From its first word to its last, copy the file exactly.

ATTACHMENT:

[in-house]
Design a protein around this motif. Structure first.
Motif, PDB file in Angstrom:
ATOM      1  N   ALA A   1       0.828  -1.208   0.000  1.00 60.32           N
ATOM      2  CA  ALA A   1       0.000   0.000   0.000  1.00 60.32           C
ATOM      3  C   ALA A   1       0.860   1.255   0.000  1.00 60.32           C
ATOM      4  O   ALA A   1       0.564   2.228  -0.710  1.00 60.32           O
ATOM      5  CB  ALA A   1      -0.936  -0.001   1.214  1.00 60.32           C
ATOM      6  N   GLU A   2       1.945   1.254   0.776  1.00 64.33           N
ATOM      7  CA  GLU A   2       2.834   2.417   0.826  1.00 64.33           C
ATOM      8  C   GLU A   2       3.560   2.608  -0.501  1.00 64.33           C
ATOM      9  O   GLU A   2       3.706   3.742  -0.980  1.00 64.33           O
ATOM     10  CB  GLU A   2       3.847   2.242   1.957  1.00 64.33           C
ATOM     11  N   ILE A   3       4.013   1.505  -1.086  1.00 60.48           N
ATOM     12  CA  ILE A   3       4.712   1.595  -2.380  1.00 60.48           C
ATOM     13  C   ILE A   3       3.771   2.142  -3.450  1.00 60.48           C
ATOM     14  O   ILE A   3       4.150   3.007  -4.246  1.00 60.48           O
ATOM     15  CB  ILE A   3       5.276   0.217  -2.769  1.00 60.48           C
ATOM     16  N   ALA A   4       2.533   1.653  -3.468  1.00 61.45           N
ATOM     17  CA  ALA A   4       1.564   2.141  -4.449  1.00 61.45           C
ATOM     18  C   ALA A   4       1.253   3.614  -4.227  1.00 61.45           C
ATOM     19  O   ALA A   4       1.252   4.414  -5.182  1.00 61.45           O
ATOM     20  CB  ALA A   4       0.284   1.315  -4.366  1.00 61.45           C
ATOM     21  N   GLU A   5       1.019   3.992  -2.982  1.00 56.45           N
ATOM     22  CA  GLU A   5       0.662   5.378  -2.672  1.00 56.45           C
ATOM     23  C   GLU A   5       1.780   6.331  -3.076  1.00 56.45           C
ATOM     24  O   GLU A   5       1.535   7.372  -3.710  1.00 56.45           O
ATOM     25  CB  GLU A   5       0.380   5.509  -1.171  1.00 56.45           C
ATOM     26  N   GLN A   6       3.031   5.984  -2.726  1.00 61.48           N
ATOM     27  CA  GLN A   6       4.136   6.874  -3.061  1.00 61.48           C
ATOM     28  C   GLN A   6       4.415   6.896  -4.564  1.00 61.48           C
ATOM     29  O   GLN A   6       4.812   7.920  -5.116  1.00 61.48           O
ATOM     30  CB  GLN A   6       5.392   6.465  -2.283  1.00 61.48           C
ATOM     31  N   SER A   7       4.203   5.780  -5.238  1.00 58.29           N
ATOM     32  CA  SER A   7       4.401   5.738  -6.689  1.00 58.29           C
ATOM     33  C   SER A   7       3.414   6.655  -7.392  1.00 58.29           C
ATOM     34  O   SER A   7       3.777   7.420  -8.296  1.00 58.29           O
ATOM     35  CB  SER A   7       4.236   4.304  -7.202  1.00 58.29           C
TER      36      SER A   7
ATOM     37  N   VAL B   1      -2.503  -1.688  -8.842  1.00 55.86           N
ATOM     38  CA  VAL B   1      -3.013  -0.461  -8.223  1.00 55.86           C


[in-house]
Design a protein around this motif. Structure first.
Motif, PDB file in Angstrom:
ATOM      1  N   ALA A   1       0.828  -1.208   0.000  1.00 60.32           N
ATOM      2  CA  ALA A   1       0.000   0.000   0.000  1.00 60.32           C
ATOM      3  C   ALA A   1       0.860   1.255   0.000  1.00 60.32           C
ATOM      4  O   ALA A   1       0.564   2.228  -0.710  1.00 60.32           O
ATOM      5  CB  ALA A   1      -0.936  -0.001   1.214  1.00 60.32           C
ATOM      6  N   GLU A   2       1.945   1.254   0.776  1.00 64.33           N
ATOM      7  CA  GLU A   2       2.834   2.417   0.826  1.00 64.33           C
ATOM      8  C   GLU A   2       3.560   2.608  -0.501  1.00 64.33           C
ATOM      9  O   GLU A   2       3.706   3.742  -0.980  1.00 64.33           O
ATOM     10  CB  GLU A   2       3.847   2.242   1.957  1.00 64.33           C
ATOM     11  N   ILE A   3       4.013   1.505  -1.086  1.00 60.48           N
ATOM     12  CA  ILE A   3       4.712   1.595  -2.380  1.00 60.48           C
ATOM     13  C   ILE A   3       3.771   2.142  -3.450  1.00 60.48           C
ATOM     14  O   ILE A   3       4.150   3.007  -4.246  1.00 60.48           O
ATOM     15  CB  ILE A   3       5.276   0.217  -2.769  1.00 60.48           C
ATOM     16  N   ALA A   4       2.533   1.653  -3.468  1.00 61.45           N
ATOM     17  CA  ALA A   4       1.564   2.141  -4.449  1.00 61.45           C
ATOM     18  C   ALA A   4       1.253   3.614  -4.227  1.00 61.45           C
ATOM     19  O   ALA A   4       1.252   4.414  -5.182  1.00 61.45           O
ATOM     20  CB  ALA A   4       0.284   1.315  -4.366  1.00 61.45           C
ATOM     21  N   GLU A   5       1.019   3.992  -2.982  1.00 56.45           N
ATOM     22  CA  GLU A   5       0.662   5.378  -2.672  1.00 56.45           C
ATOM     23  C   GLU A   5       1.780   6.331  -3.076  1.00 56.45           C
ATOM     24  O   GLU A   5       1.535   7.372  -3.710  1.00 56.45           O
ATOM     25  CB  GLU A   5       0.380   5.509  -1.171  1.00 56.45           C
ATOM     26  N   GLN A   6       3.031   5.984  -2.726  1.00 61.48           N
ATOM     27  CA  GLN A   6       4.136   6.874  -3.061  1.00 61.48           C
ATOM     28  C   GLN A   6       4.415   6.896  -4.564  1.00 61.48           C
ATOM     29  O   GLN A   6       4.812   7.920  -5.116  1.00 61.48           O
ATOM     30  CB  GLN A   6       5.392   6.465  -2.283  1.00 61.48           C
ATOM     31  N   SER A   7       4.203   5.780  -5.238  1.00 58.29           N
ATOM     32  CA  SER A   7       4.401   5.738  -6.689  1.00 58.29           C
ATOM     33  C   SER A   7       3.414   6.655  -7.392  1.00 58.29           C
ATOM     34  O   SER A   7       3.777   7.420  -8.296  1.00 58.29           O
ATOM     35  CB  SER A   7       4.236   4.304  -7.202  1.00 58.29           C
TER      36      SER A   7
ATOM     37  N   VAL B   1      -2.503  -1.688  -8.842  1.00 55.86           N
ATOM     38  CA  VAL B   1      -3.013  -0.461  -8.223  1.00 55.86           C